Through Brahms 1-7
Now in its tenth year, Music@Menlo is an annual three-week chamber music festival that draws a distinguished roster of mostly American soloists to the institute in the San Francisco Bay Area each summer. The items in this seven-CD collection are all drawn from the 2011 festival, which centred on Brahms, his antecedents and influences – though, curiously, not a note of Beethoven is included in almost eight hours of repertoire. Recordings tend to be fairly close-miked, which means the music can occasionally get a bit on top of you, but the sound, for the most part, is vivid and clear, with no hint of audience noise.
Each CD aims to focus on a different aspect of Brahms – some more successfully than others. The first disc culminates in Brahms’s most Schubertian score, the songful Sextet in B flat, so it seems a bit odd to preface it with some lesser-known songs of Schumann. Brahms’s two piano version of his Quintet in F minor concludes the second disc, but the highlight is three each of the four-hand versions of Brahms’s Hungarian Dances and Dvoπák’s Slavonic Dances in readings by Wu Han and Jon Kimura Parker of such crispness and sparkle, you wish they had recorded complete sets of both.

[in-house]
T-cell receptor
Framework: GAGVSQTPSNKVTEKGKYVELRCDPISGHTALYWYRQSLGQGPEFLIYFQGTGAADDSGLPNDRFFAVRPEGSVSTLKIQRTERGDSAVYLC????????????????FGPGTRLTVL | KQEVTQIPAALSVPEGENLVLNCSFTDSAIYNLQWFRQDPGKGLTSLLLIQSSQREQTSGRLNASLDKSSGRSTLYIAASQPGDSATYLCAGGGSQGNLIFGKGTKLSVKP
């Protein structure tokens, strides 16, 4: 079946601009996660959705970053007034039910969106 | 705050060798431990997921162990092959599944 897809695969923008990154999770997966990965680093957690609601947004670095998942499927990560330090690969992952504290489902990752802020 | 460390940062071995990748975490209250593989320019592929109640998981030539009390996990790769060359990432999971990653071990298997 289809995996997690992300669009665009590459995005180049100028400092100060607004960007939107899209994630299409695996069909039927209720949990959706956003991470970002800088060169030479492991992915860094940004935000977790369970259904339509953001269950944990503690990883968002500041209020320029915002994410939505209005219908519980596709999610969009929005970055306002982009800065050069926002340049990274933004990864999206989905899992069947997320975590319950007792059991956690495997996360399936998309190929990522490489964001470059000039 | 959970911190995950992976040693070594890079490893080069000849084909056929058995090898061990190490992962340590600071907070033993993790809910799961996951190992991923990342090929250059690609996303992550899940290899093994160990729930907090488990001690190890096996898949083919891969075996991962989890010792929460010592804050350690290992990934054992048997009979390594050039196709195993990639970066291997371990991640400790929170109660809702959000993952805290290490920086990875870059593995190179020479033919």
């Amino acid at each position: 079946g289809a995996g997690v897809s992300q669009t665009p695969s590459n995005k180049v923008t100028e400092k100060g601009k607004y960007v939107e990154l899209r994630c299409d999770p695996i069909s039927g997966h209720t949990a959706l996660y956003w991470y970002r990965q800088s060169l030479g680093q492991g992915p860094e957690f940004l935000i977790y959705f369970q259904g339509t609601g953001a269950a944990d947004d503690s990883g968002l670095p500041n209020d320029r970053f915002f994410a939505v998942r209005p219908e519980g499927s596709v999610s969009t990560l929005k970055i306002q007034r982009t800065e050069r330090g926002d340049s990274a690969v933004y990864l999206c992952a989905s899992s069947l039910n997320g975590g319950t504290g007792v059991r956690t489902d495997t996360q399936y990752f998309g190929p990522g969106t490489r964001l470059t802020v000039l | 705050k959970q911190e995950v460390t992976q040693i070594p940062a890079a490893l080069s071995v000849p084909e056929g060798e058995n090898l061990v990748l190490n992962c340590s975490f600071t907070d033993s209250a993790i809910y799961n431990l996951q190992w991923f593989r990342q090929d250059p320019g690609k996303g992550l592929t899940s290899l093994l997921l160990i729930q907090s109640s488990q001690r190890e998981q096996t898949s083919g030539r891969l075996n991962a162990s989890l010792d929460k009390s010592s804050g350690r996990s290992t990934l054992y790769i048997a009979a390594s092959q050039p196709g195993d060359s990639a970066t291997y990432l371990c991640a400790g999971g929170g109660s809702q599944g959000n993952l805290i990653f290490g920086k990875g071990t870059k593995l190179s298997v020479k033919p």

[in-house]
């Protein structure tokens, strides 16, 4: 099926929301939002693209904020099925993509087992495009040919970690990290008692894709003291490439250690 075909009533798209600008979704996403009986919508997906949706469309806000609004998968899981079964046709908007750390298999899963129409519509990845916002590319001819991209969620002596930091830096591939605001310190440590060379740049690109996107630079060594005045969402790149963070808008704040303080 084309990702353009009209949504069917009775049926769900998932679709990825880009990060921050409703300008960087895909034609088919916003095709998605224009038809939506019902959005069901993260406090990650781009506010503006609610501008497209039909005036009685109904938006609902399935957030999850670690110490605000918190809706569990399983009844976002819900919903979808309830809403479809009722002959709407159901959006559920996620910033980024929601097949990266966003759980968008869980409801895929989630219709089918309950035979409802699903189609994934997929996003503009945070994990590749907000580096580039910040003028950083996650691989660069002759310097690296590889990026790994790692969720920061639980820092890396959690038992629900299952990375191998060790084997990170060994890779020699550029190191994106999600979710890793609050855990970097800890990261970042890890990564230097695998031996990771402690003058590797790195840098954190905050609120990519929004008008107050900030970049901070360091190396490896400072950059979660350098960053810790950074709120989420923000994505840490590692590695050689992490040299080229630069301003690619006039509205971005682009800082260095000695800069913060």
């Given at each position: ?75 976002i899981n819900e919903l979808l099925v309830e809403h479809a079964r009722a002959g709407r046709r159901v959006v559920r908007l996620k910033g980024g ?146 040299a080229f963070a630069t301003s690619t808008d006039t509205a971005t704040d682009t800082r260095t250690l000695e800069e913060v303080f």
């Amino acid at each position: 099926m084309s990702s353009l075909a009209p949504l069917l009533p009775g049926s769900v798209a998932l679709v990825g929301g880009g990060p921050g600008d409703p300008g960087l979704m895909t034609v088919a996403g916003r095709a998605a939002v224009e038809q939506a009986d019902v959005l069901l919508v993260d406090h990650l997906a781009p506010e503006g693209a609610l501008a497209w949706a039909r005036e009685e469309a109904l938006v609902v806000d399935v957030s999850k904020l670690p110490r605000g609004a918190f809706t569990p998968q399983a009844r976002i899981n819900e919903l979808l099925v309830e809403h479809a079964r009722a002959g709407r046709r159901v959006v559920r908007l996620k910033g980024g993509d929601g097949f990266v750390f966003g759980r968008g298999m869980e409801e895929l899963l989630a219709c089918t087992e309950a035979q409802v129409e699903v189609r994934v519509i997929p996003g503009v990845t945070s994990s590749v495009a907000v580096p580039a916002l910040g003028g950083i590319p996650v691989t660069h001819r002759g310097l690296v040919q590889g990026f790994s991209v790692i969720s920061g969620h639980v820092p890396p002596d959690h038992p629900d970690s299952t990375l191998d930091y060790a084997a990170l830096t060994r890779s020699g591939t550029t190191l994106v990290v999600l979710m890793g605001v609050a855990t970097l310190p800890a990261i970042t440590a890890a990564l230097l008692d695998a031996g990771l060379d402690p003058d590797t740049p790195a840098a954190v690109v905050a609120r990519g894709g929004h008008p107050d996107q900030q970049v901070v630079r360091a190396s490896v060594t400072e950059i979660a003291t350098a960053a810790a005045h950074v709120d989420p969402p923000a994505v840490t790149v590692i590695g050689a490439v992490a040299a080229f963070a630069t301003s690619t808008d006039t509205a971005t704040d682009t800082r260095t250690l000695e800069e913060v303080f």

The third disc opens soberly with the trio sonata from Bach’s Musical Offering, then kicks over the traces in gypsy-style pieces by Kreisler, Wieniawski and Schulenburg, on the way to a fervent reading of Brahms’s Hungarian-tinged Piano Trio in C major. Brahms’s golden Zwei Gesänge with viola obbligato, and the lilting Liebeslieder Waltzes feature on the fourth disc, plus items by Schubert, Schumann and Rachmaninov. And a rhapsodic account of Bach’s Cello Suite No. 2 in D minor by Laurence Lesser opens the fifth disc, with the programme running via Schoenberg’s feisty 12-tone Phantasy for violin and piano, and Ravel’s Tzigane to John Harbison’s post-Brahmsian Piano Quintet (1981).
The sixth disc includes Clara Schumann’s agreeable Piano Trio in G minor and a fine reading of Brahms’s glorious late String Quintet in G major, with Paul Watkins on cello. The viola player Paul Neubauer and pianist Gilbert Kalish open the seventh and final disc with a reflective account of the Viola Sonata No. 2 in E flat; the collection concludes with a more recessed recording of the Clarinet Quintet in B minor, with David Schifrin playing clarinet. Impossible to mention every work, let alone every performer; but the general quality of music-making is high.